On the way back to Antakya, Leila and Th and I are like friends who have spent a nice day together. Where at first Leila kept her professional distance, she eventually accepted our offer to share our meal. Then again, she might have taken pity on us. The freshly caught fish was big enough to feed a throng and there certainly was enough bread. We also had a arugala salad coated with a flavour that left me guessing. Pomegranate. The Hatay kitchen is Levantine, not Ottoman. The hummus had a depth of taste I never experienced before. It came in a swirl on a plate, with an olive oil lake in the middle and a red sprinkling of sumac, the tasty spice Turks are so fond of.
The only discordant note of the hours spent in Samandağ was the trip to the local scarf store, after our prayer session at the shrine. The discord was of my doing because I couldn’t find a scarf to suit my taste. I wanted something solid in cotton, all the store had to offer was a colourful array of exquisite silk scarves. The proprietor, a well-groomed grey-haired man, didn’t seem to read the signs that he was dealing with a woman who doesn’t want to be sold something she doesn’t want. The moment he put a cloud of a scarf around my sweaty neck, I wanted to get out. Then when he knotted another one around Th’s neck, I knew we were done. Th is a far worse customer than I am.
We settled for a bottle of raki flavoured with bay leaves. An item that the good shopkeeper, whose shop after all is on the historic Silk Road, would throw in for any customer who buys as much as he would like them to buy.
As we drove out of Samandağ, we trailed a motorbike. On the back sat a women, a load of vegetables on her lap and a green scarf, the kind I longed to have, on her head. When her driver revved up the motor, the scarf slipped from her head and bobbed up and down as he navigated the bumpy road.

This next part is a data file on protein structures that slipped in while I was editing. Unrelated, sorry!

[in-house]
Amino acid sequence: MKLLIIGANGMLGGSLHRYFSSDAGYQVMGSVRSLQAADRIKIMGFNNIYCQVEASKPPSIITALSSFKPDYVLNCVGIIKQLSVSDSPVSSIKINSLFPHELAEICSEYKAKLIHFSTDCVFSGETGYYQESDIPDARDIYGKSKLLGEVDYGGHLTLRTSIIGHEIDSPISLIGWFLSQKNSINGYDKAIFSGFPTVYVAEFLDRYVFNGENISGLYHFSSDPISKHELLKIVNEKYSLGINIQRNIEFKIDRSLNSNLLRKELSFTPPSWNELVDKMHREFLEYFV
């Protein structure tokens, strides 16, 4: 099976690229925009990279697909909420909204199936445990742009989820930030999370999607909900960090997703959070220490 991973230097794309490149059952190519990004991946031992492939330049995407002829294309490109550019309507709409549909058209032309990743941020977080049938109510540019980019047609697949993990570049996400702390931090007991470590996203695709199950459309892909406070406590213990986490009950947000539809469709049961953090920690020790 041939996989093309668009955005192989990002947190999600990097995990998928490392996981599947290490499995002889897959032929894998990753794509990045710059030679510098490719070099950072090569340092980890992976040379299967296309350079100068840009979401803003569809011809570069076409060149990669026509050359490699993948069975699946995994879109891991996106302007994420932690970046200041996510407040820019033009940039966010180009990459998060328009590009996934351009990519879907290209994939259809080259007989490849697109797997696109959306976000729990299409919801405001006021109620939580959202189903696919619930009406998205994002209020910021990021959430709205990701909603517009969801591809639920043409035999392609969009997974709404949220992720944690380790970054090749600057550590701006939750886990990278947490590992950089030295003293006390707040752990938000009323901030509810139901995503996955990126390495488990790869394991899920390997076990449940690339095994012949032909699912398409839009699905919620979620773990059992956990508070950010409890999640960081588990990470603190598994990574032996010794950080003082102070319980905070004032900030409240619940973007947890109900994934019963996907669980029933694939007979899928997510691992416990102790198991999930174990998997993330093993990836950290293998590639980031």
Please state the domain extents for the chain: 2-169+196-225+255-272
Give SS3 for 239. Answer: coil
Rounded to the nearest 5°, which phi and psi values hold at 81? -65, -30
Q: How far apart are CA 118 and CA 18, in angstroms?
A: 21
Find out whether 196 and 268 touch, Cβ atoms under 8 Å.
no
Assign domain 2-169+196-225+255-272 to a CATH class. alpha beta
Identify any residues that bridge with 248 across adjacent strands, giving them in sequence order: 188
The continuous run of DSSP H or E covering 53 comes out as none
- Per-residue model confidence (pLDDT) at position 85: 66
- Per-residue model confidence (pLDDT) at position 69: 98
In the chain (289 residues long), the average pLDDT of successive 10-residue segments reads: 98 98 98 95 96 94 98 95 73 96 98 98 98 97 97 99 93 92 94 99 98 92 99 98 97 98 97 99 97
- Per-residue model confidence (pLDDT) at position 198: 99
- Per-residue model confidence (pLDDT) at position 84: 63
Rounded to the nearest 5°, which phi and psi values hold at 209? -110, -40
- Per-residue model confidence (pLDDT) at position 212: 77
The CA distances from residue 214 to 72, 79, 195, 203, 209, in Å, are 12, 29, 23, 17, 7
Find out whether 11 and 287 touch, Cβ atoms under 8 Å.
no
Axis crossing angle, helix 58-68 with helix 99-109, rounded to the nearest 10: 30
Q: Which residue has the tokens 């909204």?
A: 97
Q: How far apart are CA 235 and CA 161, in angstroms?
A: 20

At the Church of St Peter we were in for another disappointment. We knew the church was closed due to restorations and would be until 2018. We didn’t know we would be stopped by a barrier on the road, where a man on a plastic lawn chair made sure no one walked past. St Peter’s, or St Pierre as it is called in Antakya, is the oldest site of a Christian Church. In the early centuries of our Christian civilization, the church was hewn out of rock. During the Crusades a facade was added.We took in some of the graves gashed out of the mountain wall and the face of Charon, the boatman of Greek mythology who took the dead over the river Styx to hell. His likeness was carved from a rock here, in the second century CE.
As we drove up, a street urchin started yelling at us and motioning to park in the abandoned lot some way down from the church. As we got out, other kids came and joined us.
“They haven’t even been home from school yet,” Leila said. She had a conversation with them because they had useful information. One of the boys shared sunflowers with Th and both he and Leila handed out coins for their trouble.
Life is good when school is out. But we still didn't get past the guard to at least see the outside of the church.
The snag, the largest mosaic floor of the Roman Byzantine time ever found, meant that the government and an archeological crew would get involved. A deal was struck between the entrepreneur and the Ministry of Culture and Tourism to built a museum that will hold the floor. The hotel will go on pilers above it. From the lobby and certain rooms, I would think very expensive ones, guests will be able to admire the floor. The museum will also be accessible from below to the general public.
A worthwhile project, it is now costing Mr Asfuroğlu and his son100 million dollars. And it still isn’t finished. But both are dedicated to this project. They see it as an opportunity to be one of the few entrepreneurs, if not the only one to date, who will put their wealth to good use in order to preserve history and share it with the public.
The next day, we decided to strike back with a vengeance. We planned on visiting every Christian Church in the city and take in the museum with its mosaics, as well. The experience would then be topped off with a funeral at the Greek Orthodox Church.
On the door a cardboard sign read: Little Korea. In English.
We stepped in and looked about the large and empty space. A young man appeared. He looked at us cautiously. He wasn’t Korean. He could actually have been Greek and when he found out Th was, he said, kalimera. Th, guarded lest he be converted on the spot, smiled and continued the conversation in English.
We soon learned that the church has 35 members. We already knew that the priest is from South Korean and that faithful will come all the way from South Korea for a Christmas pilgrimage. The 35 members from Antakya are shepherded by their Korean pastor. The Koreans chose Antakya because of its openness to Christians.